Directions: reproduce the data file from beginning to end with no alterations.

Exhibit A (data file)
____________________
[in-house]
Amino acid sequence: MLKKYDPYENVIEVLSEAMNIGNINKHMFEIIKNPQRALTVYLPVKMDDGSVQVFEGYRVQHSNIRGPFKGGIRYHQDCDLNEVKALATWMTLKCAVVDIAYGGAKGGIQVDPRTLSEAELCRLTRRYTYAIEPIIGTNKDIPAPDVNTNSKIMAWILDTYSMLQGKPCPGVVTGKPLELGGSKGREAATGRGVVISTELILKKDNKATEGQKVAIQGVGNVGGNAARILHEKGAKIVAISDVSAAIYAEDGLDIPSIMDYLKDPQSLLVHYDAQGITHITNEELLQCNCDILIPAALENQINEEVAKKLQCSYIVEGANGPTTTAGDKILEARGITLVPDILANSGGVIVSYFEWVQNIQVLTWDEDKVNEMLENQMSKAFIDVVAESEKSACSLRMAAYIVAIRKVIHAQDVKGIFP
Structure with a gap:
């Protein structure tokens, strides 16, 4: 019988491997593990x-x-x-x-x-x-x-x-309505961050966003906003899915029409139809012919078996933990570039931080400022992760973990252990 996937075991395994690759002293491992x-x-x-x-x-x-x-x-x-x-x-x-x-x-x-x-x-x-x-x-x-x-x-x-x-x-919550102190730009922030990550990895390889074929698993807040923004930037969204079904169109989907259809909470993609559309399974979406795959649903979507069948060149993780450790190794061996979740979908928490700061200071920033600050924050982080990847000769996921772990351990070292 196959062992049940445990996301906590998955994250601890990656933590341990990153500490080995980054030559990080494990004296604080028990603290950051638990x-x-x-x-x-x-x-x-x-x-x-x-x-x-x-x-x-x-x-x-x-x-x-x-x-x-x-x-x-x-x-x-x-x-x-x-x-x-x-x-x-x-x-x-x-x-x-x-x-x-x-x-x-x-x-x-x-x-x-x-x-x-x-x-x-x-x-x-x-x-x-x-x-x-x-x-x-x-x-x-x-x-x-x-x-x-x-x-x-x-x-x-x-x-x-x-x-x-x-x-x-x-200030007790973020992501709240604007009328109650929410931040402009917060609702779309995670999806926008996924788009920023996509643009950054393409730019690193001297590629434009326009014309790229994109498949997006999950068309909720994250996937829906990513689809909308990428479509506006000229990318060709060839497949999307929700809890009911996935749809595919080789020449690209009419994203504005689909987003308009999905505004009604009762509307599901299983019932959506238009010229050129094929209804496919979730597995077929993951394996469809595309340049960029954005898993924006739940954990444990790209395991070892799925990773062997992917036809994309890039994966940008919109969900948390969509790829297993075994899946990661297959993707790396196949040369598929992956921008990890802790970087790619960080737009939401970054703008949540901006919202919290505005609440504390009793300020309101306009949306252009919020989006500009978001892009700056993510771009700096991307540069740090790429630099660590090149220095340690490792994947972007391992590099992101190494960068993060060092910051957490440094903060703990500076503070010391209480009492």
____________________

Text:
[in-house]
Amino acid sequence: MLKKYDPYENVIEVLSEAMNIGNINKHMFEIIKNPQRALTVYLPVKMDDGSVQVFEGYRVQHSNIRGPFKGGIRYHQDCDLNEVKALATWMTLKCAVVDIAYGGAKGGIQVDPRTLSEAELCRLTRRYTYAIEPIIGTNKDIPAPDVNTNSKIMAWILDTYSMLQGKPCPGVVTGKPLELGGSKGREAATGRGVVISTELILKKDNKATEGQKVAIQGVGNVGGNAARILHEKGAKIVAISDVSAAIYAEDGLDIPSIMDYLKDPQSLLVHYDAQGITHITNEELLQCNCDILIPAALENQINEEVAKKLQCSYIVEGANGPTTTAGDKILEARGITLVPDILANSGGVIVSYFEWVQNIQVLTWDEDKVNEMLENQMSKAFIDVVAESEKSACSLRMAAYIVAIRKVIHAQDVKGIFP
Structure with a gap:
């Protein structure tokens, strides 16, 4: 019988491997593990x-x-x-x-x-x-x-x-309505961050966003906003899915029409139809012919078996933990570039931080400022992760973990252990 996937075991395994690759002293491992x-x-x-x-x-x-x-x-x-x-x-x-x-x-x-x-x-x-x-x-x-x-x-x-x-x-919550102190730009922030990550990895390889074929698993807040923004930037969204079904169109989907259809909470993609559309399974979406795959649903979507069948060149993780450790190794061996979740979908928490700061200071920033600050924050982080990847000769996921772990351990070292 196959062992049940445990996301906590998955994250601890990656933590341990990153500490080995980054030559990080494990004296604080028990603290950051638990x-x-x-x-x-x-x-x-x-x-x-x-x-x-x-x-x-x-x-x-x-x-x-x-x-x-x-x-x-x-x-x-x-x-x-x-x-x-x-x-x-x-x-x-x-x-x-x-x-x-x-x-x-x-x-x-x-x-x-x-x-x-x-x-x-x-x-x-x-x-x-x-x-x-x-x-x-x-x-x-x-x-x-x-x-x-x-x-x-x-x-x-x-x-x-x-x-x-x-x-x-x-200030007790973020992501709240604007009328109650929410931040402009917060609702779309995670999806926008996924788009920023996509643009950054393409730019690193001297590629434009326009014309790229994109498949997006999950068309909720994250996937829906990513689809909308990428479509506006000229990318060709060839497949999307929700809890009911996935749809595919080789020449690209009419994203504005689909987003308009999905505004009604009762509307599901299983019932959506238009010229050129094929209804496919979730597995077929993951394996469809595309340049960029954005898993924006739940954990444990790209395991070892799925990773062997992917036809994309890039994966940008919109969900948390969509790829297993075994899946990661297959993707790396196949040369598929992956921008990890802790970087790619960080737009939401970054703008949540901006919202919290505005609440504390009793300020309101306009949306252009919020989006500009978001892009700056993510771009700096991307540069740090790429630099660590090149220095340690490792994947972007391992590099992101190494960068993060060092910051957490440094903060703990500076503070010391209480009492």